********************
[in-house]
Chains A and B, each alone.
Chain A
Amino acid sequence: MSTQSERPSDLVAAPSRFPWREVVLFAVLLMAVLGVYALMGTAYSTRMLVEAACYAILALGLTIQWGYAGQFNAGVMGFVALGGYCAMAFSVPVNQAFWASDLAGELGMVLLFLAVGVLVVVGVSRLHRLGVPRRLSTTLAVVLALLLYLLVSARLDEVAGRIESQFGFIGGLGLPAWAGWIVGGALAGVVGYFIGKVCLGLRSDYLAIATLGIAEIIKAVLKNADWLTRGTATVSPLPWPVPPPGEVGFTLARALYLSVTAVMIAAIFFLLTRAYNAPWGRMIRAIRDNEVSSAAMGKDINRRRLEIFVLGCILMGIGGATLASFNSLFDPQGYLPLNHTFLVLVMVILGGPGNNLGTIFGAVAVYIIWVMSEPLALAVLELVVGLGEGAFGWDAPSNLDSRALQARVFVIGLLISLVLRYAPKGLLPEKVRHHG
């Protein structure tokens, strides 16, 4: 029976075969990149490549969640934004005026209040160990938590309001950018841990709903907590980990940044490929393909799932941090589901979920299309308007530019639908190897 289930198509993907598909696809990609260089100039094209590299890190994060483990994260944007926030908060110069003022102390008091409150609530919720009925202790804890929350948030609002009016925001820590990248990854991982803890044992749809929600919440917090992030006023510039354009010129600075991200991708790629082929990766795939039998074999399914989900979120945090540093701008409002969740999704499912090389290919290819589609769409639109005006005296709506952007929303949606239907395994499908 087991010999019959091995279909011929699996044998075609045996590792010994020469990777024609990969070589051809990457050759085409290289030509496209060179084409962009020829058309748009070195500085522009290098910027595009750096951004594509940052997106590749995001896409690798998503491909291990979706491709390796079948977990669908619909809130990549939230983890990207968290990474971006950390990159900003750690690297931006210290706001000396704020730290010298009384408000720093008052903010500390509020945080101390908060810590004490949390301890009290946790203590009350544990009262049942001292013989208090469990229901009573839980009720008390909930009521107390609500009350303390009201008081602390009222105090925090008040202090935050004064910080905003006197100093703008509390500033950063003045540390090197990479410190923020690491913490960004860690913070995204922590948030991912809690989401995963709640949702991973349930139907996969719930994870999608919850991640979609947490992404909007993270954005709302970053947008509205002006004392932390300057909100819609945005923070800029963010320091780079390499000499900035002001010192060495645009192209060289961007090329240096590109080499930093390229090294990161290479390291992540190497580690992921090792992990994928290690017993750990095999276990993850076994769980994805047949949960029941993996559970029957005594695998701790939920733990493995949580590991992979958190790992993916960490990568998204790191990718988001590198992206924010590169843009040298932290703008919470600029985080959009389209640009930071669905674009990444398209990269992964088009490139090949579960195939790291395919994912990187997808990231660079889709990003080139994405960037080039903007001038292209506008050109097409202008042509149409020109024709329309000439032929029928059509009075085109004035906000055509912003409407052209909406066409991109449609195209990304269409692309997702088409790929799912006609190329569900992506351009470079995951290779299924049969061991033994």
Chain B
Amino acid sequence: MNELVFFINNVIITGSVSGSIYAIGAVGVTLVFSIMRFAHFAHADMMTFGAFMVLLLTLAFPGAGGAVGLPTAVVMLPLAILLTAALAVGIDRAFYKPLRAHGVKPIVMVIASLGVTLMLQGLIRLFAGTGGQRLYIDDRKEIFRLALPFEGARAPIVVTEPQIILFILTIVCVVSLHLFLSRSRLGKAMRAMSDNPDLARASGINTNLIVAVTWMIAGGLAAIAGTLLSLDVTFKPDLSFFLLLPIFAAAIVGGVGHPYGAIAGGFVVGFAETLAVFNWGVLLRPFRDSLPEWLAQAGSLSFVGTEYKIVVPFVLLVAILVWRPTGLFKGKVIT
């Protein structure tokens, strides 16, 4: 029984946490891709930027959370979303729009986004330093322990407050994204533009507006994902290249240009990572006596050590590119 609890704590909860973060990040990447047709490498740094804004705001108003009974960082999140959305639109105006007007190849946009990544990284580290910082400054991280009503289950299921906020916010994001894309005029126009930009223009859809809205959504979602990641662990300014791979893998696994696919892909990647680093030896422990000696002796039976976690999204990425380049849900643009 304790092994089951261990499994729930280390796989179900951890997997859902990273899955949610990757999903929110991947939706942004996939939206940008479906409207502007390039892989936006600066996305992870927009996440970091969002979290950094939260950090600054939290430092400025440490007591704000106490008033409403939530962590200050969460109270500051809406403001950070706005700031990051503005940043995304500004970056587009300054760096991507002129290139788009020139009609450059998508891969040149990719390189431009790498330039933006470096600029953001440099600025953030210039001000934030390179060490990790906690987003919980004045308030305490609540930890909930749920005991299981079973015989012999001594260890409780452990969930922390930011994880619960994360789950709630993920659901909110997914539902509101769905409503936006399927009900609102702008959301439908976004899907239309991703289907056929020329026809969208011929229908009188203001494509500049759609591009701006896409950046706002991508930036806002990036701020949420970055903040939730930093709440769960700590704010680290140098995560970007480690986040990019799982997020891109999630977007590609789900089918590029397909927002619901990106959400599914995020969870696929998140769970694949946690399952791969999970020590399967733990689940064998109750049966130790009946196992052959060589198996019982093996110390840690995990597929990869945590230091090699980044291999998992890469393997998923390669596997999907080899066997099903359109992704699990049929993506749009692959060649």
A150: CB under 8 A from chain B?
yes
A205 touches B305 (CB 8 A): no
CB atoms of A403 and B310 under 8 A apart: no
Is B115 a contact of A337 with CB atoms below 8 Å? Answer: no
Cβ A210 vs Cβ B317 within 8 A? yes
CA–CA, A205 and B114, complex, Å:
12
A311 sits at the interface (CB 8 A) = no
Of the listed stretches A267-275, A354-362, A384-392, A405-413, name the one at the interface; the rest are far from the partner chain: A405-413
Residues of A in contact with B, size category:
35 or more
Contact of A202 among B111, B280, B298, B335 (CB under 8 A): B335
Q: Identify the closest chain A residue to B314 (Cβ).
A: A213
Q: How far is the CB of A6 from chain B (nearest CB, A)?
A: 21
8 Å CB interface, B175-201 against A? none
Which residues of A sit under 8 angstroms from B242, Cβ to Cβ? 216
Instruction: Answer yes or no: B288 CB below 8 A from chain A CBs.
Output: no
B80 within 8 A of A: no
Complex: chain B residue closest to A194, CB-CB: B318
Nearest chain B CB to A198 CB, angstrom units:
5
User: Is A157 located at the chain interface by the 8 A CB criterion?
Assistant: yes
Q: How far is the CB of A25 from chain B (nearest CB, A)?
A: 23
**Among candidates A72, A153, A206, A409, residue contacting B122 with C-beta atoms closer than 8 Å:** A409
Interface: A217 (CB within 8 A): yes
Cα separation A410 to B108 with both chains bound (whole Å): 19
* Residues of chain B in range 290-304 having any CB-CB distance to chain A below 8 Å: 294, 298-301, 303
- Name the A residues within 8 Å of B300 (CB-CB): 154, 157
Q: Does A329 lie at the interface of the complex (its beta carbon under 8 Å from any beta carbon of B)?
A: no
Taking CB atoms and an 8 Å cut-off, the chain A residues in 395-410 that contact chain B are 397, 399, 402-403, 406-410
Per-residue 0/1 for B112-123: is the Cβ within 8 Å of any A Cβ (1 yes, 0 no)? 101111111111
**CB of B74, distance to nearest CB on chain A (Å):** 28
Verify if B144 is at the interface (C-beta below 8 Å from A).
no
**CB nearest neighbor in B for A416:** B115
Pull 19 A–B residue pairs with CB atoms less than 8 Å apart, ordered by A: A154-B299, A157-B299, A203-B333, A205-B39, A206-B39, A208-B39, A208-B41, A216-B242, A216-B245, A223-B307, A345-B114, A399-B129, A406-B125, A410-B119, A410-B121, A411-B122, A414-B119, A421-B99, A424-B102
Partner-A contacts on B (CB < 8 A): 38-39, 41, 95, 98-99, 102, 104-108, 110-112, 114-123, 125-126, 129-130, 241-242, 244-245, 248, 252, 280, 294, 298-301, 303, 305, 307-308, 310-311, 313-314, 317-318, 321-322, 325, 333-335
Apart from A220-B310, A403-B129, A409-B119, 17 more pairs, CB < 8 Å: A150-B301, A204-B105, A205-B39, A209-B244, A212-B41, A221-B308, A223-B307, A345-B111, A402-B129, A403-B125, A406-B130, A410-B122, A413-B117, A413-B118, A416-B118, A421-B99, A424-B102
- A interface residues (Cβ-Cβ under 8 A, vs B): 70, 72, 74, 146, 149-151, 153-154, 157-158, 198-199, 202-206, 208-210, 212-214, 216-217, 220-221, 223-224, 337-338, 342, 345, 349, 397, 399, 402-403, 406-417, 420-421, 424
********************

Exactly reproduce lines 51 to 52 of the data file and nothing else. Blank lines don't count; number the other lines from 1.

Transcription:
Pull 19 A–B residue pairs with CB atoms less than 8 Å apart, ordered by A: A154-B299, A157-B299, A203-B333, A205-B39, A206-B39, A208-B39, A208-B41, A216-B242, A216-B245, A223-B307, A345-B114, A399-B129, A406-B125, A410-B119, A410-B121, A411-B122, A414-B119, A421-B99, A424-B102
Partner-A contacts on B (CB < 8 A): 38-39, 41, 95, 98-99, 102, 104-108, 110-112, 114-123, 125-126, 129-130, 241-242, 244-245, 248, 252, 280, 294, 298-301, 303, 305, 307-308, 310-311, 313-314, 317-318, 321-322, 325, 333-335